Streamers come in handy both early and late in the fishing season. For anglers willing to brave the windy and cold early fishing for the spawning rainbow, cast up and a little across, then retrieve with a little tension. One fishing guide thinks this aggravates the trout, which will strike at the streamer sometimes without intending to eat it. The net result of this is many missed strikes, especially for the inexperienced angler. Practice helps.
Streamers will also catch fish in August and September, especially in the lower half of the river. But this is also the time to use terrestrials. Pat Marcuson calls the Stillwater "a great grasshopper stream." Former FWP employee Clint Bishop recalls seeing numerous black and orange caterpillars as well. Since terrestrials usually fall in along the banks, anglers do best when they concentrate their efforts along the edge. Grasshoppers and their imitations will bring fish to the surface, but on bright, sunny days fish will go after the slightly submerged, "drowned" hoppers more often. Black and orange Wooly Worms make excellent representations of the caterpillars.
Of the many streams that combine to make the Stillwater, the three largest deserve mention here. All three drain watersheds in the lofty Beartooth Mountains not far from the main river's drainage.
The West Fork of the Stillwater cascades and pools past Initial Creek Campground at the edge of the Beartooth-Absaroka Wilderness. Skirting Horseman Flats, this medium-sized stream flows through private lands almost all the way to Nye and the main river. Above Initial Creek, the West Fork supports mostly pan-sized brookies; below, some chunky rainbow and browns populate the stream.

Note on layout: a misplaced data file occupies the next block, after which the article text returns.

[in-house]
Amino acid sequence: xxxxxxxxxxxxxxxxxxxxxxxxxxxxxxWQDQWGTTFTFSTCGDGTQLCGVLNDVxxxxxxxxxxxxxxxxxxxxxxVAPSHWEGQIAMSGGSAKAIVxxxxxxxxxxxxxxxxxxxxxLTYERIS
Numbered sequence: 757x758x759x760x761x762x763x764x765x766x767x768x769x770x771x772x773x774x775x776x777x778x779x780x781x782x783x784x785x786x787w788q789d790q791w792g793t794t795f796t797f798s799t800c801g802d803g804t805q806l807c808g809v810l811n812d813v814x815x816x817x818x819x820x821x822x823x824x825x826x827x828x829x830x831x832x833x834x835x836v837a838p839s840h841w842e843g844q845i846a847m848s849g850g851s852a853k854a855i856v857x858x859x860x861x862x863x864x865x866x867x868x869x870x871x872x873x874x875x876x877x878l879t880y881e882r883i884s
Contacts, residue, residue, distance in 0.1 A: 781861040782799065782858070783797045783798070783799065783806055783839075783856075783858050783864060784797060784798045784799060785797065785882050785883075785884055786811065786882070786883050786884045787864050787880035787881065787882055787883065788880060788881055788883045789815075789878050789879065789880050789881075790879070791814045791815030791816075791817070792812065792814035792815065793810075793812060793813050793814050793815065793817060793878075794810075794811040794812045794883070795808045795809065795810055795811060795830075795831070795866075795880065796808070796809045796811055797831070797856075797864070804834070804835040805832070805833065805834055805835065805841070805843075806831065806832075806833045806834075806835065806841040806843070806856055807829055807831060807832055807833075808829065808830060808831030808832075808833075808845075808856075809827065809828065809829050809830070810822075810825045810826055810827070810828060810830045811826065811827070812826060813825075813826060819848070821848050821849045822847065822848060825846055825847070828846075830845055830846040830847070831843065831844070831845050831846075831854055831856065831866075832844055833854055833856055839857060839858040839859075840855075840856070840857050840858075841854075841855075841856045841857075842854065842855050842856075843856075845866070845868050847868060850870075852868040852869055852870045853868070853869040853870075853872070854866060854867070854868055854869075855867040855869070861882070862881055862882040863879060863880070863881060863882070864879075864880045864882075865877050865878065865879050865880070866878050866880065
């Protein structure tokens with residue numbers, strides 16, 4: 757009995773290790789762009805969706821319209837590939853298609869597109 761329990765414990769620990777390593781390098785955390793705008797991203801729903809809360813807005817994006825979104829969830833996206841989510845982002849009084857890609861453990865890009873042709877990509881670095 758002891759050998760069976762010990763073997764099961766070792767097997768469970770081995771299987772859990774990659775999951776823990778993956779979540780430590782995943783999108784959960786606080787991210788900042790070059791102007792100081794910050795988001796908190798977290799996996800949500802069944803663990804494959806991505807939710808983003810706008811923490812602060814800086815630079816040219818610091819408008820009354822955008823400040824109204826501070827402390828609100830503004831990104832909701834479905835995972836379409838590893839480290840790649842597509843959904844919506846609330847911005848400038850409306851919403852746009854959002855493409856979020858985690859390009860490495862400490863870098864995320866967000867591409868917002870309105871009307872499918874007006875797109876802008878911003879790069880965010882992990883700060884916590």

Born in the meltwater of Beartooth glaciers, West Rosebud Creek runs through Silver, Island, and Mystic Lakes. It furnishes hydroelectric power below Mystic Lake, then provides good fishing through a narrow canyon before running out into the irrigated prairie land for its last 25 miles.
Pat Marcuson terms the stream "a good, small fishery," especially between Emerald Lake and the flatlands.
Marcuson rates the East Rosebud as something of a disappointment. The wilderness sections between the lakes furnish some good fishing, but from East Rosebud Lake down to the confluence with the West Rosebud, fish numbers and sizes are small. FWP has experimented with plantings of different trout, but without marked success. Still, some weekend anglers report fun fishing for pan-sized trout both in the meadows near Black Mountain and below Roscoe along the cottonwoods.